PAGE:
Book #100: Fear the Sky (2014)

feartheskyAuthor: Stephen Moss
Language: English and a few sentences of French
Length: 1216 minutes (20 hours, 16 minutes)
Finished listening on: 2 March 2016

This audiobook came to my attention both because it was recommended on Audible’s site, and because it has the same narrator as The Martian, R.C. Bray – despite the guy mispronouncing some words, he is still a compelling narrator and commands attention. I also felt like a bit of pulpy sci fi, and the alien invasion theme of the book reminded me of the Zerg in the game I was concurrently playing.

The story is that an alien race travels through space to covertly invade Earth, and the book tells the story of the humans who discover the invasion by accident, but also of the android servants of the aliens, who infiltrate several militaries on Earth.

My first impression of the book was that it was a bit of fun, but also I was struck how straight-white-American-male the protagonist presumptive was in the first few chapters – for example, the book sets up a tepid romance between him and another character at the beginning. I sat up a bit when the book killed off her and some other characters in an opening-act twist, and he wasn’t the protagonist for the entire book, as it jumps between a few characters later on. But it still has that leery air to it.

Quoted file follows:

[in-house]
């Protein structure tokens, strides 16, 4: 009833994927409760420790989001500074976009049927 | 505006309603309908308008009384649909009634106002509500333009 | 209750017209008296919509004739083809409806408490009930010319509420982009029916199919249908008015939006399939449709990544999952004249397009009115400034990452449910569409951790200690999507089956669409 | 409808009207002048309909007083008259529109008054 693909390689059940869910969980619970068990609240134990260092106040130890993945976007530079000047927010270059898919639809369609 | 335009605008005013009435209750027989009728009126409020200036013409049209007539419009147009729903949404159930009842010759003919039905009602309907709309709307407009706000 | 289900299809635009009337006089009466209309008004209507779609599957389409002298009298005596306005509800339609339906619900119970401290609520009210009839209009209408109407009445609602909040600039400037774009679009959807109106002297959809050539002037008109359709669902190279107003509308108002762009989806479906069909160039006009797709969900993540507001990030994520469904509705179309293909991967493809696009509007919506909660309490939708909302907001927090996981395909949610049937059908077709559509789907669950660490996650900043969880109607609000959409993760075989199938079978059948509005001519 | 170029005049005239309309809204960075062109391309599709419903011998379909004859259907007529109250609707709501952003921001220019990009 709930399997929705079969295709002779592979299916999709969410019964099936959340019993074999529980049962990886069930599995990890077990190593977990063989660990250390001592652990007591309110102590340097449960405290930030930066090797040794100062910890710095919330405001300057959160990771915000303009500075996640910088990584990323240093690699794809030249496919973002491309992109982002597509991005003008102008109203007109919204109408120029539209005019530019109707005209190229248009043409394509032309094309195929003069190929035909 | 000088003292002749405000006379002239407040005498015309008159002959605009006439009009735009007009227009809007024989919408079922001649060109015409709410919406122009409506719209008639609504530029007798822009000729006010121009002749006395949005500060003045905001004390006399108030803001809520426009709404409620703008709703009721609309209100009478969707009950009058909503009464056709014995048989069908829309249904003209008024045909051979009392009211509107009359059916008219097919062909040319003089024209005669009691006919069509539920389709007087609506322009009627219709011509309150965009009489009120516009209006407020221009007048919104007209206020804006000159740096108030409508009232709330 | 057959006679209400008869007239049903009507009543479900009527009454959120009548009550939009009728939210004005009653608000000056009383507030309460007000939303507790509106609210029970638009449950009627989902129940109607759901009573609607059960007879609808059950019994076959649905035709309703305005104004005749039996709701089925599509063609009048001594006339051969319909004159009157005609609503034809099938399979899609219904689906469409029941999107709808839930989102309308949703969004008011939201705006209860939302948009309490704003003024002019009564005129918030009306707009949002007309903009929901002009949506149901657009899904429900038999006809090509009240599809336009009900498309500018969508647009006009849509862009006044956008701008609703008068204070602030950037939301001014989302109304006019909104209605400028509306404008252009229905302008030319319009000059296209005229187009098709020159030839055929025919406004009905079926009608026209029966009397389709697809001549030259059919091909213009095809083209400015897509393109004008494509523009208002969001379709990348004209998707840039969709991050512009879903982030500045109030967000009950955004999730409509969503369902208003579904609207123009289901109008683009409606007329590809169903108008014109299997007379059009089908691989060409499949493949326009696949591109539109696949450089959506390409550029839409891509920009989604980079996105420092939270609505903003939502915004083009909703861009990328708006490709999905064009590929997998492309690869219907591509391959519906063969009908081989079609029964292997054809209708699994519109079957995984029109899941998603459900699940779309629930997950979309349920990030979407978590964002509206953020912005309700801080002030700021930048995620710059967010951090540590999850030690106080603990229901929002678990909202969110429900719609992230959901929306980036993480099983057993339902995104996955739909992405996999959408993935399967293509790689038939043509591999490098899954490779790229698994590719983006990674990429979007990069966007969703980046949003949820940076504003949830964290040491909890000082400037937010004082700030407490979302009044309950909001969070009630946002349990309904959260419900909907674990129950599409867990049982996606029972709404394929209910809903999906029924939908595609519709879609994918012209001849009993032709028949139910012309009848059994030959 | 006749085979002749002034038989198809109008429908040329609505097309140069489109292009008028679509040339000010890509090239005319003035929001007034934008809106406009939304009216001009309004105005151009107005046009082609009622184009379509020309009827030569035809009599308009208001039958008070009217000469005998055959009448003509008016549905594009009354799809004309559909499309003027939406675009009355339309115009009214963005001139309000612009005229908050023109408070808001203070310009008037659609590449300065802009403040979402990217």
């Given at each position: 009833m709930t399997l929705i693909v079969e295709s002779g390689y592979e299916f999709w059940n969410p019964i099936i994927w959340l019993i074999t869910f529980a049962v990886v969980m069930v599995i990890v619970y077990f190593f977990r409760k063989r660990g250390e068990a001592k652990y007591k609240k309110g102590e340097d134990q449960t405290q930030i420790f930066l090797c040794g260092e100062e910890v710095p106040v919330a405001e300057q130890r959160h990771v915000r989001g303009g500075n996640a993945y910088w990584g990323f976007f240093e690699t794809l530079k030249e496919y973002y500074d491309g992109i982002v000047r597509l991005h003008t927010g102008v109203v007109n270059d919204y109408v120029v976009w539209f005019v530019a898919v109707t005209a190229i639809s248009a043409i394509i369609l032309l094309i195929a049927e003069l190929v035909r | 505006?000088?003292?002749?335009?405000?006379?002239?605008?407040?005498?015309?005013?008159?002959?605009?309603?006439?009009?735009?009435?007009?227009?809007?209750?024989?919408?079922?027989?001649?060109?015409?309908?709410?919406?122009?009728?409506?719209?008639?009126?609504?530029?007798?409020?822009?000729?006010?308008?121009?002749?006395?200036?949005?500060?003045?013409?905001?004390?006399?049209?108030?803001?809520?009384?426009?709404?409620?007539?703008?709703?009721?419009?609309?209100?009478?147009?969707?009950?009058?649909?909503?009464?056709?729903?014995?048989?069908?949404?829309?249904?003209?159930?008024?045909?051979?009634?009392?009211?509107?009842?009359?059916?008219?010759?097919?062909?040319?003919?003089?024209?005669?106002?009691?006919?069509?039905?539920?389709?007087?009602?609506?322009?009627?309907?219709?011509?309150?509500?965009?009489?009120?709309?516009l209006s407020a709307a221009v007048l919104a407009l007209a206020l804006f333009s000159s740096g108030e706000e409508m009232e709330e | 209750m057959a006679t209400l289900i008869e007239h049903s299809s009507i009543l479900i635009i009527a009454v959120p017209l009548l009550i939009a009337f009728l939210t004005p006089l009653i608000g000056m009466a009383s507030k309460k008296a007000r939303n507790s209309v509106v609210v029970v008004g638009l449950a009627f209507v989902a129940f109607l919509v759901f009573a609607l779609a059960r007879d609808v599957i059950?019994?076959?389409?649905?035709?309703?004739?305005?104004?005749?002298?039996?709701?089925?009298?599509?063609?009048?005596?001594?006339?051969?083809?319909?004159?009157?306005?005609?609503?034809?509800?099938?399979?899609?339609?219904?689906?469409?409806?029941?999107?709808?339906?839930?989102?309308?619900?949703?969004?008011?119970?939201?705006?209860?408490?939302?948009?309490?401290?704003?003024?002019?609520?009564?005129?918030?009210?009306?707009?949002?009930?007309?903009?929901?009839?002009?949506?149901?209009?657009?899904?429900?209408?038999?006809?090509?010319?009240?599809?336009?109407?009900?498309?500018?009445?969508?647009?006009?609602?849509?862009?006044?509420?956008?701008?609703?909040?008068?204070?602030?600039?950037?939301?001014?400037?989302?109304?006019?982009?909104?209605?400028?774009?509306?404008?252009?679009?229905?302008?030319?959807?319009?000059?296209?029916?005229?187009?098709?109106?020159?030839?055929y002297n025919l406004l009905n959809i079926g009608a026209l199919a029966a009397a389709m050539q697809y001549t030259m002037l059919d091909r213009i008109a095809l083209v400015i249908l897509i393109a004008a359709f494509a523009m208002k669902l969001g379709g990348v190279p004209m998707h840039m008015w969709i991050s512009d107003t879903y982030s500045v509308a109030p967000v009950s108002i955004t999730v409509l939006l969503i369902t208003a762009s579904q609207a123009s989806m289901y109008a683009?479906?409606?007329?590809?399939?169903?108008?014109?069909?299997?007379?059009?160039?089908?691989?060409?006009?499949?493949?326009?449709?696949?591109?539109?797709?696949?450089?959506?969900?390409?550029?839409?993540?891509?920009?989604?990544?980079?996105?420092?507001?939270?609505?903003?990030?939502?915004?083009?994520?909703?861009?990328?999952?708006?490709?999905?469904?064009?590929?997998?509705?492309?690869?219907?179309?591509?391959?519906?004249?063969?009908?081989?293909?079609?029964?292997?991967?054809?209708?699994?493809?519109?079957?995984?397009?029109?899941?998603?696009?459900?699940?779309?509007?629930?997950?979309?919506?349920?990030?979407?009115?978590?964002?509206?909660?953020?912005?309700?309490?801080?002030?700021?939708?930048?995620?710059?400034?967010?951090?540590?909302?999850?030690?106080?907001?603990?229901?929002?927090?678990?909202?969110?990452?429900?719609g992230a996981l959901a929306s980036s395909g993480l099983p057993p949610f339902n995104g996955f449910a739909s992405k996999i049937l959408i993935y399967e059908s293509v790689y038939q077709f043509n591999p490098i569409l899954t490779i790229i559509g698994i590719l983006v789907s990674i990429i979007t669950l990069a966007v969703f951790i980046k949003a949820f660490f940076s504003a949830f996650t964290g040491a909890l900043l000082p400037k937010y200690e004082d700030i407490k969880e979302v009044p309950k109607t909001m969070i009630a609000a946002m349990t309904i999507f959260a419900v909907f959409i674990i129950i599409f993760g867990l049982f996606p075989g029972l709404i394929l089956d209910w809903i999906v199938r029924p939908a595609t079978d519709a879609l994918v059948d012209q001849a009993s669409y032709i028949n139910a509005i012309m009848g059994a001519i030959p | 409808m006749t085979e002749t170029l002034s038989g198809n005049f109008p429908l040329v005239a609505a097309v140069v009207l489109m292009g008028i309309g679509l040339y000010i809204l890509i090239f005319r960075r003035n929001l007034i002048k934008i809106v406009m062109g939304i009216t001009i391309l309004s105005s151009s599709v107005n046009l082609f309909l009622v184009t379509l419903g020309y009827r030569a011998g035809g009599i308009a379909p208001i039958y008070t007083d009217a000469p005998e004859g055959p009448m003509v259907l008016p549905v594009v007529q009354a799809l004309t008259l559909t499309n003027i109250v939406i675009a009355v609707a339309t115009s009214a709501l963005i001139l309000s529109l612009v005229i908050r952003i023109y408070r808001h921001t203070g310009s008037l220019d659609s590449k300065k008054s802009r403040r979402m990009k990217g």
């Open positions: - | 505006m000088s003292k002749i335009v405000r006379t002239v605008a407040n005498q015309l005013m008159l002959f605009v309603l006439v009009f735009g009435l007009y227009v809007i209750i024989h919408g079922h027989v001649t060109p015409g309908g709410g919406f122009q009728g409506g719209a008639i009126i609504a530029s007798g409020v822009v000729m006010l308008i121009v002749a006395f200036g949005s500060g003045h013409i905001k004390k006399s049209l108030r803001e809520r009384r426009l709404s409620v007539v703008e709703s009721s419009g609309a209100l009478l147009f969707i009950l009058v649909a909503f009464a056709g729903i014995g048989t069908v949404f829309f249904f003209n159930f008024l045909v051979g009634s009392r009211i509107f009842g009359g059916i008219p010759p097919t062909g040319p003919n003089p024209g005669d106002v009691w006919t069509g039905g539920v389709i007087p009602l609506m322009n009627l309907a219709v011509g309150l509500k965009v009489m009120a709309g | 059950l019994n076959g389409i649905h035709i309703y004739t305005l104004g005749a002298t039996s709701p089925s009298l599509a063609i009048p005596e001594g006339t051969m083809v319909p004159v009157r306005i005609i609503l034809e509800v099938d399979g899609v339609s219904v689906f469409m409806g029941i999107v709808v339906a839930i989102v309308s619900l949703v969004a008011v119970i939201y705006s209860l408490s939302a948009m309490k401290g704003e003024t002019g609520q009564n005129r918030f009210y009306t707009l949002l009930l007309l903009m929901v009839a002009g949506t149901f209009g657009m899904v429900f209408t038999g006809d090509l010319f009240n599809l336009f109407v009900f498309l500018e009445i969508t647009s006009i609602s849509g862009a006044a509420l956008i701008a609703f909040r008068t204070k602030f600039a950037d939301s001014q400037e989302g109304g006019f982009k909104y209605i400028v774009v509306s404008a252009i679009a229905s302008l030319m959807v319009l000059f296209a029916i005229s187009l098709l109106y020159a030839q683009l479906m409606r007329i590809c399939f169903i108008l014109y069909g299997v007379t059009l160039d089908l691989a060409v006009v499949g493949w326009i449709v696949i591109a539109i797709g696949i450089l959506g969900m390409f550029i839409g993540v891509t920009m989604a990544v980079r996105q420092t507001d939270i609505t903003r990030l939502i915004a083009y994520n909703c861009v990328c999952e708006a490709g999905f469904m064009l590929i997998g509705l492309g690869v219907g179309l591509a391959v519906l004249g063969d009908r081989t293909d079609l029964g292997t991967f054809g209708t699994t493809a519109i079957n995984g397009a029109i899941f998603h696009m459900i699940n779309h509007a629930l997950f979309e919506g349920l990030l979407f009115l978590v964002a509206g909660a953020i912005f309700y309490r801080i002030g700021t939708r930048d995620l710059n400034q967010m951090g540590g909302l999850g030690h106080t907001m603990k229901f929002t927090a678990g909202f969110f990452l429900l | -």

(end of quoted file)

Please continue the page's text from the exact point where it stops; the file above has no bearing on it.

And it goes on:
The book does show some hallmarks of a first-time author who self-published without editing the book properly, quite apart from it being super-long. For some reason almost entire conversations in French were rendered without translation – it came across as the author being excited to show off his high school French. Not translating a foreign language in a book is a cardinal sin as far as I’m concerned, unless the intent is to occlude something from the main character (in a book, that is – I’d say the opposite for a movie). As it happens, I can understand French, but I’ve seen books that didn’t translate their Spanish, and that annoyed me.

R.C. Bray, who I’d already established can’t even pronounce French loanwords in English, had a bit of trouble with this section. I also established later that he actually can’t do any foreign accents except for Indian (this was useful in The Martian, where one major character was Indian, but not in this book), so a lot of his foreign characters sounded too similar.

As for the story, the alien invasion’s motivation wasn’t so believable, but I appreciated that the author didn’t make the aliens monolithic, like he actually acknowledged that there would be cultural divides among them – but even then, we don’t get to see that much of them, and the story of their planet is only relayed to us by another character. There are also some strange pacing issues, when the book jumps forward in time suddenly.

Despite all that, the story is compelling, and I enjoyed hearing it. I think I’d have liked it better if those issues were not present, but I did like it overall. I think I might pass on the next installment, even though I’d be interested to see how the story progresses. It’s a bit on the long side, after all.


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